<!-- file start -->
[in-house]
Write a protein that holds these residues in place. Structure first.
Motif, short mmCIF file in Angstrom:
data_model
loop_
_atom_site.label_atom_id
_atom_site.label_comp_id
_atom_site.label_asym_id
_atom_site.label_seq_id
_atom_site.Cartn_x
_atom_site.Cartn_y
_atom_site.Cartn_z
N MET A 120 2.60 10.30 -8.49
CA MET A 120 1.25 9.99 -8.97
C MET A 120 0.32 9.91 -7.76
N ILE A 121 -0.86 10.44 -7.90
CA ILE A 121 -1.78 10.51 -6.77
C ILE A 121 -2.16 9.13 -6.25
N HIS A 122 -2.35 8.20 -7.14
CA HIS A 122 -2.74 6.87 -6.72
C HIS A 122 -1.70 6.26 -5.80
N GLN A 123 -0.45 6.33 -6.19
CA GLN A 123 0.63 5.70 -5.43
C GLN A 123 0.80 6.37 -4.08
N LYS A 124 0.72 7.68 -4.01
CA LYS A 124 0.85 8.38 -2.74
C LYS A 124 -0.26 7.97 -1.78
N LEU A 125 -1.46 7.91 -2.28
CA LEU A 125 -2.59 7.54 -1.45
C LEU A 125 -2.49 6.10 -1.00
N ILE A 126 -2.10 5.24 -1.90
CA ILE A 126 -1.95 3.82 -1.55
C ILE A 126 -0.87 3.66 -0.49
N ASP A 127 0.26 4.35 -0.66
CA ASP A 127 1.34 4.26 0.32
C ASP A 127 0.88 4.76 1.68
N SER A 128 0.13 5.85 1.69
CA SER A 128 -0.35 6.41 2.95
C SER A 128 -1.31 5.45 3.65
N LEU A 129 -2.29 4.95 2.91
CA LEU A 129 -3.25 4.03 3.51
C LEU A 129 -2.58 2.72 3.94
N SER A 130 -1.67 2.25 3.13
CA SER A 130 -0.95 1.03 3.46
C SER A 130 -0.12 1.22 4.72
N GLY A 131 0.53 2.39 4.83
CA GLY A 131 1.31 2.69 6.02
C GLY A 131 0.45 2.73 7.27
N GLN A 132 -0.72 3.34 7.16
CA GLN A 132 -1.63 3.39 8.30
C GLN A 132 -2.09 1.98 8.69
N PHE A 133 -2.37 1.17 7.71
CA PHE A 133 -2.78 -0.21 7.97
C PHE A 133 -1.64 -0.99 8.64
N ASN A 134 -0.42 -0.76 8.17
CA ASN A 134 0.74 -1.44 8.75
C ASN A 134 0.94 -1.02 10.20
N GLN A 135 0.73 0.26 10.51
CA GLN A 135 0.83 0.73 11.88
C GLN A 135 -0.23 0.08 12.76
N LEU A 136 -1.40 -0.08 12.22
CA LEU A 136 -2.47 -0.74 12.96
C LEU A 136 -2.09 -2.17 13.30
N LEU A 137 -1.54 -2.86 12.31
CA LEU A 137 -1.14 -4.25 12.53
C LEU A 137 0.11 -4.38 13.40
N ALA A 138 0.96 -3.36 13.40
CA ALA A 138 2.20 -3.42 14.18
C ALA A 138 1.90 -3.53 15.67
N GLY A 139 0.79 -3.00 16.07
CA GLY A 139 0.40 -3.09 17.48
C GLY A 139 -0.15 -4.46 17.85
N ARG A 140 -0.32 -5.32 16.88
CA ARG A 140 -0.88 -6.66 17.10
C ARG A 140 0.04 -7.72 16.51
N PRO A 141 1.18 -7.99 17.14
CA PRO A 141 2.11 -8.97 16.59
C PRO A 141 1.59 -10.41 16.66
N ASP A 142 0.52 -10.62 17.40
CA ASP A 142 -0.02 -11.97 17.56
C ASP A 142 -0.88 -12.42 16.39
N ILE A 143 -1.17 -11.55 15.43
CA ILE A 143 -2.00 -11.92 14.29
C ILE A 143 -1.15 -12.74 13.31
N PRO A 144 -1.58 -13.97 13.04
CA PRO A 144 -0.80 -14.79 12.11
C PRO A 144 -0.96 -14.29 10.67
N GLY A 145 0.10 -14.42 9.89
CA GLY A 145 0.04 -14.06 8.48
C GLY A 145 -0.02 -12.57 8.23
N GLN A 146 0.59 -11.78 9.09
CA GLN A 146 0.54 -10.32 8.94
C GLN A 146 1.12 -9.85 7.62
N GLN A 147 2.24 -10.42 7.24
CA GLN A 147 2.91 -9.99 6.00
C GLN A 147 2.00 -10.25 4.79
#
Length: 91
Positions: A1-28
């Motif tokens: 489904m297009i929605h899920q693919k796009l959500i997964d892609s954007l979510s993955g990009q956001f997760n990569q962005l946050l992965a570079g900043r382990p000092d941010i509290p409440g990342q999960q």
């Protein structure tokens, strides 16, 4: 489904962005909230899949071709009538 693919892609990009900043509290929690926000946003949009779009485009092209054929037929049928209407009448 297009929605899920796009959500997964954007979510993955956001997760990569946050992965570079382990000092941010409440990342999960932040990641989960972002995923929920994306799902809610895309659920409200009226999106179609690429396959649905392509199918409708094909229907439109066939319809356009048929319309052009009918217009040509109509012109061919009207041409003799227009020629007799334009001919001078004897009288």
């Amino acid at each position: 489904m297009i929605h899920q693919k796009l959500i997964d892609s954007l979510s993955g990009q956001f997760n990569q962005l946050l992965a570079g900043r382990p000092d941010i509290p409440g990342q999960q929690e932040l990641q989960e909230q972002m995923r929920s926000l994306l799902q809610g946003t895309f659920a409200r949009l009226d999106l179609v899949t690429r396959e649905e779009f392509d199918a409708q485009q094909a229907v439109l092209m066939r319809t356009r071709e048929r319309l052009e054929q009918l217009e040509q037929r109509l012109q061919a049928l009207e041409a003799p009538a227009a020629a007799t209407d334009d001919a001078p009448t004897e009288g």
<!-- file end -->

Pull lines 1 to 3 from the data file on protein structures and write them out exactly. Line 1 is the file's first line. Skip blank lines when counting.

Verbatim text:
[in-house]
Write a protein that holds these residues in place. Structure first.
Motif, short mmCIF file in Angstrom: